Belief-opinion confusion results in common political pathologies. Since beliefs are averaged opinions, the latter are less stable, uniform, and moderate than beliefs. Opinion formation, when properly detached from outcome determination, is a kind of intellectual game, albeit one having a vital societal function. Opinions merit argumentative intensity without practical enthusiasm; but in politics most adherents can’t distinguish belief from opinion and promote their opinions with belief-appropriate confidence. Fervent promotion of opinion is termed fanaticism; when less fervent, opinionation.
Another attitudinal pathology resulting from treating opinion as belief is hasty closure. Beliefs, formed by consensus, are more robust and stable than opinions, since averages change more gradually than individuals do. But when they confuse belief and opinion, adherents think their opinions ought to be as robust and sure as their beliefs. If interested in and well informed about a topic, they’re embarrassed by any inability to form a stable and confident opinion, and they’re denounced for any political fickleness, although variability is the nature of rational opinions, which, as deliberative tools, shouldn’t be held tightly.
Other pathologies result from the reverse confusion, illustrated by Solomon Asch’s influential conformity experiment: mistaking belief for opinion. Asch asked subjects to choose the longer of two lines, but unknown to the real subjects, the other ones were Asch’s confederates (“stooges”), who followed a script to report that the obviously shorter line was longer. Many subjects conformed their judgments to the stooges.'
The experiment’s standard interpretation holds that subjects were psychologically driven to conform. We're indeed sheep if scared to dissent about a line’s length because we fear a group of strangers will ostracize us! The conventional interpretation is contested by a few social psychologists: in my terms, subjects suffered from belief-opinion confusion. Asch’s ambiguous instructions confused his subjects, who misunderstood the length-estimation task as requesting they form a belief about relative length. Subjects weren't irrational when they discounted their own perceptions (read opinions), contradicted by epistemically equal stooges. The hypothesis is testable: tell subjects to report their perceptions of relative length, rather than eliciting their all-considered beliefs.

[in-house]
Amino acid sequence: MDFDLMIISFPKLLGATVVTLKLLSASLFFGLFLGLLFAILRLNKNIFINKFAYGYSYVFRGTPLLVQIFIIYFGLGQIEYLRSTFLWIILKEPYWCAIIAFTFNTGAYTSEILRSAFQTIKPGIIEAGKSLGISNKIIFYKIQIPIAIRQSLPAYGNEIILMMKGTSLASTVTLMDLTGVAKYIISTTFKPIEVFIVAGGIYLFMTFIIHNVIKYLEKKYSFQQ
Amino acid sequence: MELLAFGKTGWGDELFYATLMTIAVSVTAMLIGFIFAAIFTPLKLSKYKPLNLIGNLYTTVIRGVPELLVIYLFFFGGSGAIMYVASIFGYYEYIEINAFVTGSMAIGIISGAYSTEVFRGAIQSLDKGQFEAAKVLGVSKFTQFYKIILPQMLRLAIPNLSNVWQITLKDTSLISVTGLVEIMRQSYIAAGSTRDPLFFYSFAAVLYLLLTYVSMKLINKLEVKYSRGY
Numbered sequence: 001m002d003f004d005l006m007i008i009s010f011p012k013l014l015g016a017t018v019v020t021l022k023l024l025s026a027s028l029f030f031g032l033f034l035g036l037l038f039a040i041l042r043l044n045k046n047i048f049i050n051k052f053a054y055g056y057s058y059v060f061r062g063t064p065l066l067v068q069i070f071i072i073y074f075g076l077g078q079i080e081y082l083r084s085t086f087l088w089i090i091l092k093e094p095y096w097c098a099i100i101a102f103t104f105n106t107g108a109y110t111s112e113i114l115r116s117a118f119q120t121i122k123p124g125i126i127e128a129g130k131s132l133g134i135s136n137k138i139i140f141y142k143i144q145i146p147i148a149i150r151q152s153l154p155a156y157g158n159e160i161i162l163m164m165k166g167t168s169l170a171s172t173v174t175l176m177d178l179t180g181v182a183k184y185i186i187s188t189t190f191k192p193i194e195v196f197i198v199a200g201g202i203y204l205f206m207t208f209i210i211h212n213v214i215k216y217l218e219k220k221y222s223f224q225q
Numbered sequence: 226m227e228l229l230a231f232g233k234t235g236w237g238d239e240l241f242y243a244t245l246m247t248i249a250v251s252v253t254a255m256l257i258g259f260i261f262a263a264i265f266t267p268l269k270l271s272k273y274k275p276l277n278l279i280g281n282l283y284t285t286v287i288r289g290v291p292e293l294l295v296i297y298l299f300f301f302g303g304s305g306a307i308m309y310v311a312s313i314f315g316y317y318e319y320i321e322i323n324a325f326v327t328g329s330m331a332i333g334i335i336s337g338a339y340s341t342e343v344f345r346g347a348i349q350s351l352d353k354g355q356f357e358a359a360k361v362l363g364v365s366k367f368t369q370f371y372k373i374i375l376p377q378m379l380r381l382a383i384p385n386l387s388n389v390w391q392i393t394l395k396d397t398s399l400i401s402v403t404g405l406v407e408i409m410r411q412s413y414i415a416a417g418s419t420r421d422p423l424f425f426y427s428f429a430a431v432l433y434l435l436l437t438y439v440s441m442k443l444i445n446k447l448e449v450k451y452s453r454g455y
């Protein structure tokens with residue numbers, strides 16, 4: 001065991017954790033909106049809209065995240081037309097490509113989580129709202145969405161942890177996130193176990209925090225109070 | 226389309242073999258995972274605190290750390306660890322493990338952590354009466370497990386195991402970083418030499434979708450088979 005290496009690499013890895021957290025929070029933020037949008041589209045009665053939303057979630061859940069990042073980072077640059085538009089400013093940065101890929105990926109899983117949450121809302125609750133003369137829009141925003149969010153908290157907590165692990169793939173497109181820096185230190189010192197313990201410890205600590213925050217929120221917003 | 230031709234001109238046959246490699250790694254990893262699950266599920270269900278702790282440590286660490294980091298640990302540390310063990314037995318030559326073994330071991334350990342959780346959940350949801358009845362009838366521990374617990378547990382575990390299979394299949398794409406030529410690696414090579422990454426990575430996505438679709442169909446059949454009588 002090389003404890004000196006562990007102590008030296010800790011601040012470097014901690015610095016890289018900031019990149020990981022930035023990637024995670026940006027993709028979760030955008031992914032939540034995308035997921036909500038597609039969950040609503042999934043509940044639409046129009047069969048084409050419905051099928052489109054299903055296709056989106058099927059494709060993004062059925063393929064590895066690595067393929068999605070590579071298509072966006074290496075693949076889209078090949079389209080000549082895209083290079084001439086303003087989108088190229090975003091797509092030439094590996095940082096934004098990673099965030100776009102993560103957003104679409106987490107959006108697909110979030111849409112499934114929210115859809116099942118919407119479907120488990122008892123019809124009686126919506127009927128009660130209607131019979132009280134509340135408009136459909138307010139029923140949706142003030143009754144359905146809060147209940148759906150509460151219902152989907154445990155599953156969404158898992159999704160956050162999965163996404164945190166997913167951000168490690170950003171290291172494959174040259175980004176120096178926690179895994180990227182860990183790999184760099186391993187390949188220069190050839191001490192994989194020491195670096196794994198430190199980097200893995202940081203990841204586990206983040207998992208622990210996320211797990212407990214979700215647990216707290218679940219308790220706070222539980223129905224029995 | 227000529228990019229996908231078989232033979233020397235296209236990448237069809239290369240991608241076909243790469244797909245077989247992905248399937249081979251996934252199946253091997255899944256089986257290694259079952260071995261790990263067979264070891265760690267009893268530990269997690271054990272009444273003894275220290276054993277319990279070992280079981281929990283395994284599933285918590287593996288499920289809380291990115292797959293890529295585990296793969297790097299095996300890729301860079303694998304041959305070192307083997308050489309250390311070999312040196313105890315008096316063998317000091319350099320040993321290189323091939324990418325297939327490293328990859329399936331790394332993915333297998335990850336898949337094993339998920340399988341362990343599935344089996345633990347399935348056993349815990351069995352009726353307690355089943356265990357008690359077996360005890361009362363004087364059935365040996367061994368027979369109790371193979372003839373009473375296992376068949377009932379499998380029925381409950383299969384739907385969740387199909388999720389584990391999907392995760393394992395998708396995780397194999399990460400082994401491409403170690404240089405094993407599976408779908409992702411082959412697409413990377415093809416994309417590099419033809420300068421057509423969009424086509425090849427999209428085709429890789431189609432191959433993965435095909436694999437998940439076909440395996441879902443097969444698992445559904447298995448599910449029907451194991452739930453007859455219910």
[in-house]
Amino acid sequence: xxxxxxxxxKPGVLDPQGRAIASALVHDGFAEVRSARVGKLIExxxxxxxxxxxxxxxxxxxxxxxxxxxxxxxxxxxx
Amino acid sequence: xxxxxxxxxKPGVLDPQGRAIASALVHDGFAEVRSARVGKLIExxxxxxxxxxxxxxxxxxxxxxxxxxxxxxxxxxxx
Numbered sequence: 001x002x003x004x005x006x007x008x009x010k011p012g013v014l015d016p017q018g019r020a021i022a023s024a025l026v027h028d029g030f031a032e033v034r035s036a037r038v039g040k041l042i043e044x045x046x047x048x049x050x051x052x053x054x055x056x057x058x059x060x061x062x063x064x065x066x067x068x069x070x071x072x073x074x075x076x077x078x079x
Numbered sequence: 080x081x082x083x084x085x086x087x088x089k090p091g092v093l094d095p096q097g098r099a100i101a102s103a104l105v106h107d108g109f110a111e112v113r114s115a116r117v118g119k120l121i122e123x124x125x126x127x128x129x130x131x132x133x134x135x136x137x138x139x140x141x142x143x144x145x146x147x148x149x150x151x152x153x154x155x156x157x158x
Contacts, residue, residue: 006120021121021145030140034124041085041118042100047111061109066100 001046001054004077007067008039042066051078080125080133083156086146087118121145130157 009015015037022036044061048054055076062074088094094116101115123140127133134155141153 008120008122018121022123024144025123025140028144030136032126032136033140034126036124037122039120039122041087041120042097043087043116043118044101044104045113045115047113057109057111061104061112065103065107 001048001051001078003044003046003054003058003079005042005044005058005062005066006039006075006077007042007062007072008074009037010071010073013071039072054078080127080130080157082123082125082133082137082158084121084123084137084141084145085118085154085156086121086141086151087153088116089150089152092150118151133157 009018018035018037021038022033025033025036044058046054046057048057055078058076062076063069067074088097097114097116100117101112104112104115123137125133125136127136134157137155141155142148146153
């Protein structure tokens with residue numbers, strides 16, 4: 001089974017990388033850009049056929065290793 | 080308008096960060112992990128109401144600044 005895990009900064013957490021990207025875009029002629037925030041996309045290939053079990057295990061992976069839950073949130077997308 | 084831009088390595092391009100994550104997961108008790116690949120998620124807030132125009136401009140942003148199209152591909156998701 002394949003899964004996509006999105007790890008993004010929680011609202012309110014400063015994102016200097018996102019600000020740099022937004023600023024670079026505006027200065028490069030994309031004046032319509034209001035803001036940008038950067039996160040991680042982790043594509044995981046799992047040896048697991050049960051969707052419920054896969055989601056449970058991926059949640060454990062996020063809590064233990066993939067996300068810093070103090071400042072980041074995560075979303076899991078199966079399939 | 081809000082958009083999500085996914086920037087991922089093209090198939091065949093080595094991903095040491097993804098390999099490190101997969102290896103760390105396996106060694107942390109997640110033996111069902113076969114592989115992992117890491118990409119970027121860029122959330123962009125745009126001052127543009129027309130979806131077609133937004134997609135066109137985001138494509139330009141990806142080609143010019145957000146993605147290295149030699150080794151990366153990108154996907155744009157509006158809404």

Subjects who nevertheless continue to report their beliefs, not opinions, would, then, be social conformists, forming their opinions as if beliefs, the reverse of fanatics, who form beliefs as if opinions. Conformists don’t necessarily go far wrong in their beliefs (fanatics do), but they’re useless deliberators, compulsively moderate equivocators, whose fear of error, suitable for outcome-determining beliefs, governs how they form deliberation-enhancing opinions, which are functionally eliminated when adherents apply unsuited belief-forming methods.
Confusion between belief and opinion is also what makes Aumann’s agreement theorem counter-intuitive. The theorem concerns beliefs, but students tacitly apply it, instead, to opinion.